On March 29th, Director Tim Burton and Walt Disney Studios brings to live-action life everyone’s favorite long-eared elephant, “Dumbo.”
To talk about bringing the famous baby elephant to the big screen once again were actors Michael Keaton (“V.A. Vandevere”), Colin Farrell (“Holt Farrier”), Danny DeVito (“Max Medici”), Eva Green (“Colette Marchant”), Nico Parker (“Milly Farrier”), Finley Hobbins (Joe Farrier), Director Tim Burton, Screenwriter Ehren Kruge, Producer Justin Springer, Producer Derek Frey, Producer Katterli Frauenfelde, Production Designer Rick Heinrichs, Costume Designer Colleen Atwood, and Composer Danny Elfman.
Video selections from the two filmmaker panels:
Frey on reimagining “Dumbo”: “It just seemed like a story that could be expanded upon–the original’s 63 minutes, and Tim was aware that technology had reached a point where you could successfully render an elephant into a live-action environment.
“…Dumbo is one of the original outsiders, in a way, and Tim’s films are populated with outsider characters. So, I think for Tim, it was a combination of knowing the technology was there to render this character, and that pulled upon all of his strengths as an animator, with his Disney background. It’s almost like Dumbo is a personification of himself, in a way, you know, which is interesting.”
Elfman on the process of working with Tim Burton: “You know, it’s funny–this is our 17th film, and I still don’t know what to expect from Tim at all. People think that, ‘oh, you must have this shorthand which is real simple,’ and I go ‘no, actually working with Tim is a lot less simple than a lot of other directors.’ His mind is strange and interesting and I learned many years ago never to take for granted what I think he’s gonna want.
“…Most of my favorite scores that I’ve written–I’ve done over a hundred films–most of my favorites have been Tim’s movies. But I won’t say that many of those were without great challenges…but I don’t care. If I like the result, whether it was like a slam dunk easy thing or really took a long process to find is irrelevant to me. It’s only the end-product that matters, really. It’s all you remember later, anyhow. Kind of like having kids: If you remember the first year, you’ll never want to look at another kid again. But then they’re so cute and so great, you forget all that part and you go ‘kids are great!’ I find film scores to be somewhat similar.”
Kruge on relating to Dumbo: “Why is Dumbo a universally loved character? Everyone sees themselves in the story of a character who has self-doubt, who has flaws, who is defined as one thing by someone else and has this mouse inside them, telling them maybe you’re more than that, maybe that negative is a positive. So we worked very hard to create a menagerie of human characters, a circus family, around Dumbo who all, in some way, were wrestling with uncertainty about themselves and their place in the world and, in fact, in the circus’ place in the world, so that Dumbo could be, for each one of them, an inspiration like he is to audiences worldwide.”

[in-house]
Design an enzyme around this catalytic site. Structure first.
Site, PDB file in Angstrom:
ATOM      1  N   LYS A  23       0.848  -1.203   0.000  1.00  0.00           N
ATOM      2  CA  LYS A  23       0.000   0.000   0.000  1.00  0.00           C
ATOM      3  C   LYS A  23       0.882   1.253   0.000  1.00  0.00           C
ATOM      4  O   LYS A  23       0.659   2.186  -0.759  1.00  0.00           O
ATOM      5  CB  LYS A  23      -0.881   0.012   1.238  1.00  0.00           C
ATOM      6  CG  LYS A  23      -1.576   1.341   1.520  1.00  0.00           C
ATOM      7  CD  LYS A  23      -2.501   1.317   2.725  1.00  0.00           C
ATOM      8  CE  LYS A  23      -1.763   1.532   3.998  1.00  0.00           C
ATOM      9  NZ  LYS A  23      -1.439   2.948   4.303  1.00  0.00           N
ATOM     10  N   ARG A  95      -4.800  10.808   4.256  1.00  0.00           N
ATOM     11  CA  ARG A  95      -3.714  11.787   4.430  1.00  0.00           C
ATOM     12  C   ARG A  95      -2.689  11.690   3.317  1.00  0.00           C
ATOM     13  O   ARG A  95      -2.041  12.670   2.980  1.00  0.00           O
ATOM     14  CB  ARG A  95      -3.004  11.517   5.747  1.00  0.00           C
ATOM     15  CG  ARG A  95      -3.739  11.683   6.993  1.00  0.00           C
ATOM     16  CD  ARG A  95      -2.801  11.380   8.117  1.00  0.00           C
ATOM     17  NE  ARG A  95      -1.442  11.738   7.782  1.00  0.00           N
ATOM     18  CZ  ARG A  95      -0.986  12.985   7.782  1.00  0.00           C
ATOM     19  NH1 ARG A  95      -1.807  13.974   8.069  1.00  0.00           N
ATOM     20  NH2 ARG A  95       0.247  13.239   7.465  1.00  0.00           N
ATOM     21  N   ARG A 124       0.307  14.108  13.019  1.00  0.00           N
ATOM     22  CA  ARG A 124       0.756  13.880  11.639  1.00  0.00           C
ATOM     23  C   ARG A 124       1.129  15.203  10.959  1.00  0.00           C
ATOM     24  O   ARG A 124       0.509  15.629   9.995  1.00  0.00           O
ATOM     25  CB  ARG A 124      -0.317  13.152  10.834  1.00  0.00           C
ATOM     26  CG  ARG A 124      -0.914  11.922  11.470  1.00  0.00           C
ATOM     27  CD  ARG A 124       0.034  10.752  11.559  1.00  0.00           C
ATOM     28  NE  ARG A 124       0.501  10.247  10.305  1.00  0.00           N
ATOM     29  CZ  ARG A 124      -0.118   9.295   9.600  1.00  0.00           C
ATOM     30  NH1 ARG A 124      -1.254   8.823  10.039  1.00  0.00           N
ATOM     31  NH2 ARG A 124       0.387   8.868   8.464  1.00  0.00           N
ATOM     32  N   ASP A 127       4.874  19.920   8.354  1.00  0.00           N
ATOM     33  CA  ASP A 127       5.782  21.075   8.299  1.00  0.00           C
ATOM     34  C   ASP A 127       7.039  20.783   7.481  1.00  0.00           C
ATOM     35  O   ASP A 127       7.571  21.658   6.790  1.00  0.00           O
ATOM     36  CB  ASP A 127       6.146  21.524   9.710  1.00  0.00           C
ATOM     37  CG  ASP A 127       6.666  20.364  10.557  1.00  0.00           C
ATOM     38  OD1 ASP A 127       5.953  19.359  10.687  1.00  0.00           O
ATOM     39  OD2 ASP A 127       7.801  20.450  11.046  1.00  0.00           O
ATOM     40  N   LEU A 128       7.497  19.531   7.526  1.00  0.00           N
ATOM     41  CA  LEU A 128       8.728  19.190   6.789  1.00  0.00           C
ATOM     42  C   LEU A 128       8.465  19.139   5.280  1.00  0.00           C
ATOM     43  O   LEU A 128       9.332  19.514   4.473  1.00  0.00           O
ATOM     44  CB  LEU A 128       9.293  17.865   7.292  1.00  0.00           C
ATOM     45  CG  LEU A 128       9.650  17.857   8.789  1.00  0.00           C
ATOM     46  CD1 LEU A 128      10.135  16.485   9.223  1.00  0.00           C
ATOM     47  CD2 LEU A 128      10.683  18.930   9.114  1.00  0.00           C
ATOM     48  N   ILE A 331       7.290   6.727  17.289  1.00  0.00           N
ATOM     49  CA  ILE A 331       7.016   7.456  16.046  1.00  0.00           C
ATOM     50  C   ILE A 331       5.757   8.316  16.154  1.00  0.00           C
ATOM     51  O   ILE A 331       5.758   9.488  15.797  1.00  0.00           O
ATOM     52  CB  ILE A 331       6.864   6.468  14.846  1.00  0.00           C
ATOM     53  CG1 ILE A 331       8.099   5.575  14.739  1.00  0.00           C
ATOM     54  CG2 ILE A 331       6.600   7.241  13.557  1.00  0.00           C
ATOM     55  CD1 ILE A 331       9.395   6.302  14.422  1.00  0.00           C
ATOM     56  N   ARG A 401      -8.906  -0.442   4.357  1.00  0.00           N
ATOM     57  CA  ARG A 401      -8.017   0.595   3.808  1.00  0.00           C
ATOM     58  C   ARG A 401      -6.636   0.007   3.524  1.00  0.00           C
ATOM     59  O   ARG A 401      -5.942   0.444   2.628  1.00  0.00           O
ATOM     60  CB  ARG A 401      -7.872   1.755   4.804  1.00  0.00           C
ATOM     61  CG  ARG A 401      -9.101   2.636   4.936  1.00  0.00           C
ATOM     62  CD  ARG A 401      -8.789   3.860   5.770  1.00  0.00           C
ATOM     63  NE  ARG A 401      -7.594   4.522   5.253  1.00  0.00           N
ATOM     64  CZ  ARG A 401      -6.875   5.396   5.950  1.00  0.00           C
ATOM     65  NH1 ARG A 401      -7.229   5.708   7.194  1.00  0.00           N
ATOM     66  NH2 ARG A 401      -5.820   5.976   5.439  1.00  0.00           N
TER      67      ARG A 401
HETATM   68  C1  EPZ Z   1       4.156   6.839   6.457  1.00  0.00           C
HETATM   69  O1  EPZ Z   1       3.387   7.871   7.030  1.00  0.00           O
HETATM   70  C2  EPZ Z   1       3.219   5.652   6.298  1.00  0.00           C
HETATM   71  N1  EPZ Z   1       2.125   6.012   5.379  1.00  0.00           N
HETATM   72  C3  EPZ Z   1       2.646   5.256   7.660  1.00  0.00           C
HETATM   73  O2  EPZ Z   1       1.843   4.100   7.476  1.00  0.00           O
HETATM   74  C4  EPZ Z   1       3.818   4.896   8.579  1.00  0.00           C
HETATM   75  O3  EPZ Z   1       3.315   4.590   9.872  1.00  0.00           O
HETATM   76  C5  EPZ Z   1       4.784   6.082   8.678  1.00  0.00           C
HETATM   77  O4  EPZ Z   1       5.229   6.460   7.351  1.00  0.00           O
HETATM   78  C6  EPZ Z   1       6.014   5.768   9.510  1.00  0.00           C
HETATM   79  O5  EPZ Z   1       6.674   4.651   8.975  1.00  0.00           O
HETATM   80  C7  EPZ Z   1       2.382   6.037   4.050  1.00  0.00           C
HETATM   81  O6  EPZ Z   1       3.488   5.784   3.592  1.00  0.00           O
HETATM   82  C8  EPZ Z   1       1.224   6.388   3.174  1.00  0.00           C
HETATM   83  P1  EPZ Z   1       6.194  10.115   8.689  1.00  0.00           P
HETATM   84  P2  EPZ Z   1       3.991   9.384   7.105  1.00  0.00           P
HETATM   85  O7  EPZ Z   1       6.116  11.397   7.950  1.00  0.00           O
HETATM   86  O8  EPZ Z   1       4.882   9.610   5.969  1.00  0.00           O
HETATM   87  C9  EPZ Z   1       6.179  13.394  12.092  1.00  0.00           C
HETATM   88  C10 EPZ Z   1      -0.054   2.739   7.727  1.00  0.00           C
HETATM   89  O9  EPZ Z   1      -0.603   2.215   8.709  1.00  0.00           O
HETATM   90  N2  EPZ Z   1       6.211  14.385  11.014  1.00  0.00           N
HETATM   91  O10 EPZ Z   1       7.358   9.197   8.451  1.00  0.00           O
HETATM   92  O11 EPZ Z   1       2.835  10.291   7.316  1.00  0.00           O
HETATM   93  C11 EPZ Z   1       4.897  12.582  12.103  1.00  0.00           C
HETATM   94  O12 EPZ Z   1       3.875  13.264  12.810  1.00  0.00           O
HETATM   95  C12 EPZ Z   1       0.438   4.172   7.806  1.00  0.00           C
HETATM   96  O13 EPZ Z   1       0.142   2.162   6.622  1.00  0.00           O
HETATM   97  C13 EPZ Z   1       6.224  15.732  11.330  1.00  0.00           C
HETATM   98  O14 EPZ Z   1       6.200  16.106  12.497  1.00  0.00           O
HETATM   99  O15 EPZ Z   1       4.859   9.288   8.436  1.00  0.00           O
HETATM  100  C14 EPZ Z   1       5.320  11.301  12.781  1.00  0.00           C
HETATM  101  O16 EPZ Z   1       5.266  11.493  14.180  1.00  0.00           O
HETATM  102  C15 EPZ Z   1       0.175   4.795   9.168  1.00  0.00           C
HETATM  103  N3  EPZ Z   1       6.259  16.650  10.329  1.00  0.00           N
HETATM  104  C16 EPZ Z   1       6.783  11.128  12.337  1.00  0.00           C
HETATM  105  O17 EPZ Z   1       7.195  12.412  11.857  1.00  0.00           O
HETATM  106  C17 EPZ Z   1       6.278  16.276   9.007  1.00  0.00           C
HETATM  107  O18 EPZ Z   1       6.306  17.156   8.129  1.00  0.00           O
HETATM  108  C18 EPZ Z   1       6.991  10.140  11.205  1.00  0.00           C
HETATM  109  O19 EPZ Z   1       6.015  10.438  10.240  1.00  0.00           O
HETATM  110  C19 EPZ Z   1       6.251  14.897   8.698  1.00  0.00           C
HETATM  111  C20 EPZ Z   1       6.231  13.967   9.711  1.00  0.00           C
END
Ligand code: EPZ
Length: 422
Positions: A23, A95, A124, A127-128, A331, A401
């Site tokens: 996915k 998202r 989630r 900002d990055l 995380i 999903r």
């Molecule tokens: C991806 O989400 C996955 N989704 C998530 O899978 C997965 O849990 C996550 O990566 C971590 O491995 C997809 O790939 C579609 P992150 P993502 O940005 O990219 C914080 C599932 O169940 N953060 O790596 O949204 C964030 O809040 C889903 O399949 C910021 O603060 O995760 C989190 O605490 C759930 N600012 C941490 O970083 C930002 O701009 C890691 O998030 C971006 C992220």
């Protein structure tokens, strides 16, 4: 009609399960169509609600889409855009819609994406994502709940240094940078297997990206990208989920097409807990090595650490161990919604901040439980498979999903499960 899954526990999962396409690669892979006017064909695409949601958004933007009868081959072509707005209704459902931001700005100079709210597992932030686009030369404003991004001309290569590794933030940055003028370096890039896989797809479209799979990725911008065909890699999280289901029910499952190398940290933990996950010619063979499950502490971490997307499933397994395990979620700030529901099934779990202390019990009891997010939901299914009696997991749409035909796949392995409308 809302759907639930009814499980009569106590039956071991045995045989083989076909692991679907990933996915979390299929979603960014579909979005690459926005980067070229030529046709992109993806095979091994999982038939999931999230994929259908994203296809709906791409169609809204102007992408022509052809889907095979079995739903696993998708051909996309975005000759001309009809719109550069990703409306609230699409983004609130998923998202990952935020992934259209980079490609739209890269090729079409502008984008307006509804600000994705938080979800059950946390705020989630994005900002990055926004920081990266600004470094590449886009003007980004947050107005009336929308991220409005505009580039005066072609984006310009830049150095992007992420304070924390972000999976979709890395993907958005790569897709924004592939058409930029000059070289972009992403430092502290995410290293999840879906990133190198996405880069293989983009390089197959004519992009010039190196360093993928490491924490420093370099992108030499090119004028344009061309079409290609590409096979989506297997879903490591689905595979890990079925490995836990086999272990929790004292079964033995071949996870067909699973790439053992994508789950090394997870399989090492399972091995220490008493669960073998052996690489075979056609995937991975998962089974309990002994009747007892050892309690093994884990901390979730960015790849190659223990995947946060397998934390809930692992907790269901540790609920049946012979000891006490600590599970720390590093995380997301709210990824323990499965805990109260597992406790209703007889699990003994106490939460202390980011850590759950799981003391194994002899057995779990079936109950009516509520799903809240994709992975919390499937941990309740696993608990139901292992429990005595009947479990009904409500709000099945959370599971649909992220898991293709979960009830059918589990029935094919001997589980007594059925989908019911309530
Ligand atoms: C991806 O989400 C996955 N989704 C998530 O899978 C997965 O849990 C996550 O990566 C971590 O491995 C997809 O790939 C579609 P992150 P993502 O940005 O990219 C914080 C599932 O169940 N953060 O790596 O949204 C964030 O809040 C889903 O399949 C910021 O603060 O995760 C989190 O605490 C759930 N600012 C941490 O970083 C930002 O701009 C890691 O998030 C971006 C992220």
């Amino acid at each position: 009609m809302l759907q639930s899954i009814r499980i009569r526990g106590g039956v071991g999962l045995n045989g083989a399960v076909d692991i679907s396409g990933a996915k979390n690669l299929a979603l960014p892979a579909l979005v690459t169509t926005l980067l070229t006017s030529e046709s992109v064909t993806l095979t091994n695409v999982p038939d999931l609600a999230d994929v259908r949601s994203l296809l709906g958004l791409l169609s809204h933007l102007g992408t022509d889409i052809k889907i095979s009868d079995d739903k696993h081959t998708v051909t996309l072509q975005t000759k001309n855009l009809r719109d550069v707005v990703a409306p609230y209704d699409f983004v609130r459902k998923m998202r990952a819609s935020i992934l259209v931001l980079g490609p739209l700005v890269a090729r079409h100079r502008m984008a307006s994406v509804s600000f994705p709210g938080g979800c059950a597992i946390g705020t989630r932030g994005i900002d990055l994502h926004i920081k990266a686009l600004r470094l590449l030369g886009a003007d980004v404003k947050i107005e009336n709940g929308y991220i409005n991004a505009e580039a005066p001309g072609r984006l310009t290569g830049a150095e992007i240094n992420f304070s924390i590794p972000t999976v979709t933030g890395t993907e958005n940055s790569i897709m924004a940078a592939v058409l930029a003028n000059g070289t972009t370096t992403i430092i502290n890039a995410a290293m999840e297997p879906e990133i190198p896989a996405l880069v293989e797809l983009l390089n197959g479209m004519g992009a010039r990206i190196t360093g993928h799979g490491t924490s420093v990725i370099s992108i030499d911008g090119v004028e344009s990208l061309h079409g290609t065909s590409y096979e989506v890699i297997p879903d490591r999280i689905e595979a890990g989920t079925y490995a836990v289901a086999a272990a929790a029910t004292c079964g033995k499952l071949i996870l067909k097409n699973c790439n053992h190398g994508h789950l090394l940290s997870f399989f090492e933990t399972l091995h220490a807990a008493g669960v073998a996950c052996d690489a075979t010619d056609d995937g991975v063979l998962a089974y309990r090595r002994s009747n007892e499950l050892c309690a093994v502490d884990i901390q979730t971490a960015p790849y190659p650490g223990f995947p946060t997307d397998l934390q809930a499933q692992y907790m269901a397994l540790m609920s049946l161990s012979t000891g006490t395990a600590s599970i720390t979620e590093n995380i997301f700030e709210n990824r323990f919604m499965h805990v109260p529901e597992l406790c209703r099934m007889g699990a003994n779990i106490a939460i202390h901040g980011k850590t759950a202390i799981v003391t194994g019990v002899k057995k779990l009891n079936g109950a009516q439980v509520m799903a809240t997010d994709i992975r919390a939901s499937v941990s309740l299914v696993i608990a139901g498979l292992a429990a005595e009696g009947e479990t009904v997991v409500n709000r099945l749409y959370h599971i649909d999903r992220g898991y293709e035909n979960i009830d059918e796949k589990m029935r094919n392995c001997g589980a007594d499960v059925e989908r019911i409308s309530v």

Burton on what he loves about Dumbo: “Just the idea of it. The idea of a flying elephant, a character that doesn’t quite fit into the world, and how something with a disadvantage makes it an advantage… it just felt very close to the way I felt about things. It was just a very pure, simple image… all those great old Disney fables had that kind of simple symbolism for real emotions.”
Farrell on what kids can take away from “Dumbo”: “The same thing adults can take away from the film: The importance of not just accepting the inherent difference that people have in relation to each other, but celebrating it. I just think, as Tim was saying, there are simple messages that are very complex, it seems, to live in, as we go on through our lives, and those messages are messages of kindness and inclusion and all those kinds of things, so that’d be cool. Or else if they’re just entertained for a couple hours, I’ll take that as well.”
Burton: “But also, just with the Disney movies, for me, the reason I wanted to do it…the old Disney movies had all these elements. They had joy, they had humor, they had…death, you know, everything. They had…”
Farrell: “You skipped so deftly between joy and death.”
Burton: “Did I emphasize that one too much?”
DeVito on working with Keaton again: “When Tim called a year ago or whenever it was and said he was making a movie, I was really thrilled to be able to be part of it, and you know, the joy factor went up through the roof when I heard that Michael was in it with me, ’cause…”
Keaton: “Part of the joy factor was the first thing he reminded me, was that he got to be the hero and I got to be the bad guy. He was just thrilled with that.”
DeVito: “You,know, once in a while…’how does it feel to be the bad guy?’ Him in the mask and the whole Batman thing–it was just too much for me. And me always being the gross Penguin, grunting and groaning…”
Also on display at the press conference were some of the film’s sumptuous costumes:
“Dumbo” opens in U.S. theaters on March 29, 2019.
In case you’ve missed it, here’s the teaser trailer for the new film:
Want to learn more about Dumbo? Check out these other posts:
- Hollywood’s El Capitan Theatre to Transform into Big Top to Celebrate Dumbo Release
- Behind-the-Scenes Featurette Reveals the Making of Dumbo
- Limited Time Preview of Dumbo in Disney Parks and on Cruise Ships
- Another Sneak Peek and Posters Released for Dumbo
- New Dumbo Live Action Movie Posters Released!
Are you ready to see this new live-action version of the Disney classic? Let us know if you plan to see Dumbo in the theater with a comment below.
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